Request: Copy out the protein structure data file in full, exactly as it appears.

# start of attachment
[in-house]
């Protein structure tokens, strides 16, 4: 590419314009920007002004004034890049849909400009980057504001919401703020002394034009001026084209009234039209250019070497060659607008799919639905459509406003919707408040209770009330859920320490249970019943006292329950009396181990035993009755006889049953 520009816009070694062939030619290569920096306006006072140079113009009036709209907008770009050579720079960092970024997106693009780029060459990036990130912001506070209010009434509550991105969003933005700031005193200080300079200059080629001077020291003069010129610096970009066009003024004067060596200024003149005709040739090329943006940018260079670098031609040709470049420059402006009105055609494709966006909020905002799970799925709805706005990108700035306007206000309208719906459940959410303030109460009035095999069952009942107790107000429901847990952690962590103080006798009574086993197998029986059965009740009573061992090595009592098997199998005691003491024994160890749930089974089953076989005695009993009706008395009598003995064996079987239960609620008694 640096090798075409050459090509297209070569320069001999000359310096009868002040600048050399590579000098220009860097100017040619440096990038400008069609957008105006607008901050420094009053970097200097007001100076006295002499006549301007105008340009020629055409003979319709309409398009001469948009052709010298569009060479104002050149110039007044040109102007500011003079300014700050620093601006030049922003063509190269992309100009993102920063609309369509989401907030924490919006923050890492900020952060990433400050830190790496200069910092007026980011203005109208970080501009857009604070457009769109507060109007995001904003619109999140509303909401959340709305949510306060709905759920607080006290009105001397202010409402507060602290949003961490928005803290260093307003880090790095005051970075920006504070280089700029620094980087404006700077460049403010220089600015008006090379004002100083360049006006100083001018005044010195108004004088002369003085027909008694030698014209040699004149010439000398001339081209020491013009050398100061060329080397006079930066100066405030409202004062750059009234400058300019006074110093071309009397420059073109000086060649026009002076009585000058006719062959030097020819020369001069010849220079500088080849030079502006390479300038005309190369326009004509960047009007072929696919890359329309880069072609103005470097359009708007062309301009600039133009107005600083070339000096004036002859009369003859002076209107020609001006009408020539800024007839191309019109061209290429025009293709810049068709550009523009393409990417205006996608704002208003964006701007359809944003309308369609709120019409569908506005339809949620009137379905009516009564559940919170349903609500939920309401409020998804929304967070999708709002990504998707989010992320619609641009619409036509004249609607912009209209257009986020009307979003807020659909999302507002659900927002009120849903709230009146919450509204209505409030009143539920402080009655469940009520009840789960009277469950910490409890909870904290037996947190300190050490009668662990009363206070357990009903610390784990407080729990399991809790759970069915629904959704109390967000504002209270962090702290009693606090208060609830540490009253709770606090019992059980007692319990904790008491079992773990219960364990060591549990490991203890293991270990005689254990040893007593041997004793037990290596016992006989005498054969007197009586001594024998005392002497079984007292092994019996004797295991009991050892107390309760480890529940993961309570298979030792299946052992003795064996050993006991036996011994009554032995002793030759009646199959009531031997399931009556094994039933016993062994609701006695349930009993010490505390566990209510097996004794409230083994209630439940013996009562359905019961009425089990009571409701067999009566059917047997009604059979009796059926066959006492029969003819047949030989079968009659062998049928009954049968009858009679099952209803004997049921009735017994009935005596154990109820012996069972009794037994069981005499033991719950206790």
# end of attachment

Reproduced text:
[in-house]
């Protein structure tokens, strides 16, 4: 590419314009920007002004004034890049849909400009980057504001919401703020002394034009001026084209009234039209250019070497060659607008799919639905459509406003919707408040209770009330859920320490249970019943006292329950009396181990035993009755006889049953 520009816009070694062939030619290569920096306006006072140079113009009036709209907008770009050579720079960092970024997106693009780029060459990036990130912001506070209010009434509550991105969003933005700031005193200080300079200059080629001077020291003069010129610096970009066009003024004067060596200024003149005709040739090329943006940018260079670098031609040709470049420059402006009105055609494709966006909020905002799970799925709805706005990108700035306007206000309208719906459940959410303030109460009035095999069952009942107790107000429901847990952690962590103080006798009574086993197998029986059965009740009573061992090595009592098997199998005691003491024994160890749930089974089953076989005695009993009706008395009598003995064996079987239960609620008694 640096090798075409050459090509297209070569320069001999000359310096009868002040600048050399590579000098220009860097100017040619440096990038400008069609957008105006607008901050420094009053970097200097007001100076006295002499006549301007105008340009020629055409003979319709309409398009001469948009052709010298569009060479104002050149110039007044040109102007500011003079300014700050620093601006030049922003063509190269992309100009993102920063609309369509989401907030924490919006923050890492900020952060990433400050830190790496200069910092007026980011203005109208970080501009857009604070457009769109507060109007995001904003619109999140509303909401959340709305949510306060709905759920607080006290009105001397202010409402507060602290949003961490928005803290260093307003880090790095005051970075920006504070280089700029620094980087404006700077460049403010220089600015008006090379004002100083360049006006100083001018005044010195108004004088002369003085027909008694030698014209040699004149010439000398001339081209020491013009050398100061060329080397006079930066100066405030409202004062750059009234400058300019006074110093071309009397420059073109000086060649026009002076009585000058006719062959030097020819020369001069010849220079500088080849030079502006390479300038005309190369326009004509960047009007072929696919890359329309880069072609103005470097359009708007062309301009600039133009107005600083070339000096004036002859009369003859002076209107020609001006009408020539800024007839191309019109061209290429025009293709810049068709550009523009393409990417205006996608704002208003964006701007359809944003309308369609709120019409569908506005339809949620009137379905009516009564559940919170349903609500939920309401409020998804929304967070999708709002990504998707989010992320619609641009619409036509004249609607912009209209257009986020009307979003807020659909999302507002659900927002009120849903709230009146919450509204209505409030009143539920402080009655469940009520009840789960009277469950910490409890909870904290037996947190300190050490009668662990009363206070357990009903610390784990407080729990399991809790759970069915629904959704109390967000504002209270962090702290009693606090208060609830540490009253709770606090019992059980007692319990904790008491079992773990219960364990060591549990490991203890293991270990005689254990040893007593041997004793037990290596016992006989005498054969007197009586001594024998005392002497079984007292092994019996004797295991009991050892107390309760480890529940993961309570298979030792299946052992003795064996050993006991036996011994009554032995002793030759009646199959009531031997399931009556094994039933016993062994609701006695349930009993010490505390566990209510097996004794409230083994209630439940013996009562359905019961009425089990009571409701067999009566059917047997009604059979009796059926066959006492029969003819047949030989079968009659062998049928009954049968009858009679099952209803004997049921009735017994009935005596154990109820012996069972009794037994069981005499033991719950206790």